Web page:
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I am trying to find a solution to calculate relationship between an amplitude and boundaries of a Gaussian function so that an area under the curve is constant, let's say 2.

I found a solution via integration to calculate area under a Gaussian function $e^{-Ax^2}$, which happens to be of a $\mathrm{erf}$ function form: $\frac{1}{\sqrt{A}}\, \frac{\sqrt{\pi}}{2}\mathrm{erf}(\sqrt{A}x)$. I found that setting boundaries to $x=-2.76$ and $x=2.76$ make the area equal to 1.9998. I would like to be able to change the parameter $A$ and make this to be related to boundaries such that the area stays 1.9998. Because $A$ is inside erf and I don't know anything about erf I cannot figure out if this is possible. I hope someone can help.

Any clue is very appreciated :)

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  • $\begingroup$ What value of $ A $ did you use to get those bounds of $ x $? $\endgroup$
    – Jon Claus
    Feb 10, 2014 at 21:25
  • $\begingroup$ I assumed $A=1$. I calculated it in MATLAB using the erf() command, such as area = erf(2.76) - erf(-2.76) $\endgroup$
    – Celdor
    Feb 11, 2014 at 9:40

2 Answers 2

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It seems that you are interested in the function $A\mapsto x(A)$ defined by the identity $$ \int_{-x(A)}^{x(A)}\mathrm e^{-At^2}\mathrm dt=2. $$ Then, as you observed, $x(A)$ is defined implicitly by the identity $$ \sqrt\pi\cdot\mathrm{erf}(x(A)\sqrt{A})=2\sqrt{A}. $$ Thus, $x$ is defined on $[0,\pi/4)$ and increasing from $x(0)=1$ to $\lim\limits_{A\to(\pi/4)^-}x(A)=+\infty$. In particular, $x(A)$ does not exist when $A\gt\pi/4\approx0.785$.

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  • $\begingroup$ Sorry Did I did not follow this. I don't know what you mean by x(A) and A -> pi/4. Does it mean A cannot be 1? $\endgroup$
    – Celdor
    Feb 10, 2014 at 11:17
  • $\begingroup$ x(A) is defined in the answer. A ->pi/4 means that one considers the limit when A approches pi/4. Yes A cannot be 1. $\endgroup$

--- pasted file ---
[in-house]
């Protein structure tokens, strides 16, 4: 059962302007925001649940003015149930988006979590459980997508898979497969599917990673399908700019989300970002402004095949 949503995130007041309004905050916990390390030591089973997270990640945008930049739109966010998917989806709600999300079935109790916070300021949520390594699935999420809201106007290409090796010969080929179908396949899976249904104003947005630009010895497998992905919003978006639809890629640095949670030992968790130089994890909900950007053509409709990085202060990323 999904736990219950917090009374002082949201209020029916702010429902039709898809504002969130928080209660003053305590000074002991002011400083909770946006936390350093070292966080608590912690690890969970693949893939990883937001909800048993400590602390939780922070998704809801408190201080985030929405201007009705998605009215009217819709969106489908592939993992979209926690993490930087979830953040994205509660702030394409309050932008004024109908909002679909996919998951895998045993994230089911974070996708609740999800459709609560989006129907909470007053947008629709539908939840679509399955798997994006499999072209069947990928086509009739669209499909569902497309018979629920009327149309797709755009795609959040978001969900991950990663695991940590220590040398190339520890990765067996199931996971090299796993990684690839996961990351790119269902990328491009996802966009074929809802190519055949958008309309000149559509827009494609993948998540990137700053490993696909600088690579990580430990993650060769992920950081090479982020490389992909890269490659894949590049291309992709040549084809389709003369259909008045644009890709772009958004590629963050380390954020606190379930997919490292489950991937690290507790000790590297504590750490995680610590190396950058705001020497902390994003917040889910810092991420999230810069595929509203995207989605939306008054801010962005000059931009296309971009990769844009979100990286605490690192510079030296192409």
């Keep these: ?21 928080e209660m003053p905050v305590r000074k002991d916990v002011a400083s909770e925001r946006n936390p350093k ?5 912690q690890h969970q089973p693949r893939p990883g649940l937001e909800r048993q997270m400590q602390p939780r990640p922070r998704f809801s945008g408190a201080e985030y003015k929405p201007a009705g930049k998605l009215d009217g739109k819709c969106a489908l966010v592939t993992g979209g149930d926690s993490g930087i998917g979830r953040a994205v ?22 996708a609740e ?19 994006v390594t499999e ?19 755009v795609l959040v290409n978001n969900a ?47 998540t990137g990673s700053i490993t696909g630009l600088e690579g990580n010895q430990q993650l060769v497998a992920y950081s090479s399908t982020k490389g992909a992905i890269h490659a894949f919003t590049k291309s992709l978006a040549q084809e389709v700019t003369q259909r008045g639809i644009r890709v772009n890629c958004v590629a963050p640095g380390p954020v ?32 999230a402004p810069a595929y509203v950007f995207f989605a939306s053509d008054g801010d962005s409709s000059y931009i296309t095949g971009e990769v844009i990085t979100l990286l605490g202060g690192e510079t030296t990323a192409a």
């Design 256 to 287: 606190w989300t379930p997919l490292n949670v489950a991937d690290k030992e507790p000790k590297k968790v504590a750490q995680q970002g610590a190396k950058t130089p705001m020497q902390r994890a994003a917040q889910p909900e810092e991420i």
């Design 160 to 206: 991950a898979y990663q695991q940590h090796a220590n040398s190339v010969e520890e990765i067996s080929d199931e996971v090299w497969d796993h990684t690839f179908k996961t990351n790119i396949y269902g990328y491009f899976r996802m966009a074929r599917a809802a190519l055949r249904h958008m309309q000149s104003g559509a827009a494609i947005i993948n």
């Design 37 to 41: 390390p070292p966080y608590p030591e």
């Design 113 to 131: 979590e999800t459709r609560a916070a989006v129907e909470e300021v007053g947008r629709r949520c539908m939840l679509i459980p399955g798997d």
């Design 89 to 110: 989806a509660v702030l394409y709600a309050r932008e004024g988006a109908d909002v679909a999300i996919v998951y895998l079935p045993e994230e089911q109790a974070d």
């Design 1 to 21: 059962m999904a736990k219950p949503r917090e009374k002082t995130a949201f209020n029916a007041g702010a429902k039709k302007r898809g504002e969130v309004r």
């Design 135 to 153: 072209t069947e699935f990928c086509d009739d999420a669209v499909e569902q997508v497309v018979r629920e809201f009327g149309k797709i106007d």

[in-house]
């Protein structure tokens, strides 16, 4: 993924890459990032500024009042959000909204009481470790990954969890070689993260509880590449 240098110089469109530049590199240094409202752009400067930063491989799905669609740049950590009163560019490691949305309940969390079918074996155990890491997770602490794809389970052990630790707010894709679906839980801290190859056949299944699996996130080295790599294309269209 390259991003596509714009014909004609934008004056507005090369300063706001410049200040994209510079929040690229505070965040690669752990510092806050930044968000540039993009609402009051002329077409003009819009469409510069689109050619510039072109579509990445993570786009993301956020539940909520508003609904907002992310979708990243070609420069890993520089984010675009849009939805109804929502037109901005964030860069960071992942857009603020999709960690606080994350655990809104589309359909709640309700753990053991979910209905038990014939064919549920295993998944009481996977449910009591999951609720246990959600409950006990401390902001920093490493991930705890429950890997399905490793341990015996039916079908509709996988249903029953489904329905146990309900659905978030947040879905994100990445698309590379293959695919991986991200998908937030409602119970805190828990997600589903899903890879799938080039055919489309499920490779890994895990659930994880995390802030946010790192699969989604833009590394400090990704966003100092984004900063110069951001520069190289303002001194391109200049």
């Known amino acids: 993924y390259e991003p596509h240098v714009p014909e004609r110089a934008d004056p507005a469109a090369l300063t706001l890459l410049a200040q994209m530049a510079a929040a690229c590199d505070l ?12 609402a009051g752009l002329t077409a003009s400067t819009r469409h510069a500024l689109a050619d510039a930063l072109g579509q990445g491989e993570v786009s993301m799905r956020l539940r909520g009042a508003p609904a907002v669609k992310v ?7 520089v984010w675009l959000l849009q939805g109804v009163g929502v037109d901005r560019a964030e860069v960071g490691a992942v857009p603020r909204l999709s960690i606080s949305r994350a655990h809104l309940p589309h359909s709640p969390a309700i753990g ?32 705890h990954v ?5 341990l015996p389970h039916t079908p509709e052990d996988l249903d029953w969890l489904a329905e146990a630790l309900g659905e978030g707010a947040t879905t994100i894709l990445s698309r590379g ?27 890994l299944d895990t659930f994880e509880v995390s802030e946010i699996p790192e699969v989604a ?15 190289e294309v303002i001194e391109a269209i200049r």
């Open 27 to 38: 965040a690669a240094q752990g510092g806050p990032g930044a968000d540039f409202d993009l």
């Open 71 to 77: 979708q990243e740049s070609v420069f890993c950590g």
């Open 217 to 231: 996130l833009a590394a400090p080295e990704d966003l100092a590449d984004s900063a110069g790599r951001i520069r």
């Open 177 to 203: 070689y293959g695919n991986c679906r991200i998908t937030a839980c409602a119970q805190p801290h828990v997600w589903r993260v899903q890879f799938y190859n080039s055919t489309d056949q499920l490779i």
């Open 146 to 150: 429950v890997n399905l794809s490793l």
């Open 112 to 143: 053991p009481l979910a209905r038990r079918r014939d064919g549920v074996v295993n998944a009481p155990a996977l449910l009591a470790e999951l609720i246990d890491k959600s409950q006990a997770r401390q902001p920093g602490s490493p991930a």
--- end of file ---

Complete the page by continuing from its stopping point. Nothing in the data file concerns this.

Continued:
– Did
    Feb 10, 2014 at 11:20
  • $\begingroup$ I find it difficult to understand why A cannot be greater than $\pi{}/4$. I don't really follow this approach, similarly to where [0,pi/4) boundary comes from. $\endgroup$
    – Celdor
    Feb 10, 2014 at 13:06
  • $\begingroup$ The total area under the curve $t\mapsto\mathrm e^{-At^2}$ being $\sqrt{\pi/A}$, one cannot ask that a part of this area has measure $2$ if $\sqrt{\pi/A}\lt2$. This forbidden range of the parameter $A$ translates into $A\gt\pi/4$. $\endgroup$
    – Did
    Feb 10, 2014 at 16:11
  • $\begingroup$ Thanks for your effort. I understand it now. Somehow I could not spot this bit before. $\endgroup$
    – Celdor
    Feb 12, 2014 at 8:52
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If I properly understand, you want that the integral between $-a$ and $+a$ be a constant, say $Area$. As you noticed by yourself, this leads to the equation the value of the integral is $$Area=\frac{\sqrt{\pi } \text{erf}\left(a \sqrt{A}\right)}{\sqrt{A}}$$ This gives you an equation which relates all your parameters. You can notice from this equation that $$\frac{\text{Area}}{a}=\frac{\sqrt{\pi } \text{erf}\left(a \sqrt{A}\right)}{a \sqrt{A}}$$

Working numerically the inverse of the $\text{erf}$ function is not the easiest thing but it is doable.

If you need more, just post please.

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  • $\begingroup$ Thanks Claude. I've read $\mathrm{erf}^{-1}\left(\mathrm{erf}(x)\right)=x$. Following this, $\frac{\mathrm{Area}}{a}\frac{a\sqrt{A}}{\sqrt{\pi}}=\mathrm{erf}\left(a\sqrt{A}\right)$, and then $\mathrm{erf}^{-1}\left(\mathrm{Area}\sqrt{\frac{A}{\pi}}\right)=a\sqrt{A}$. Finally $\frac{1}{\sqrt{A}}\, \mathrm{erf}^{-1}\left(\mathrm{Area}\sqrt{\frac{A}{\pi}}\right)=a$. Do you think I have rearranged this equatiojn correctly? Can this work? $\endgroup$
    – Celdor
    Feb 10, 2014 at 12:59

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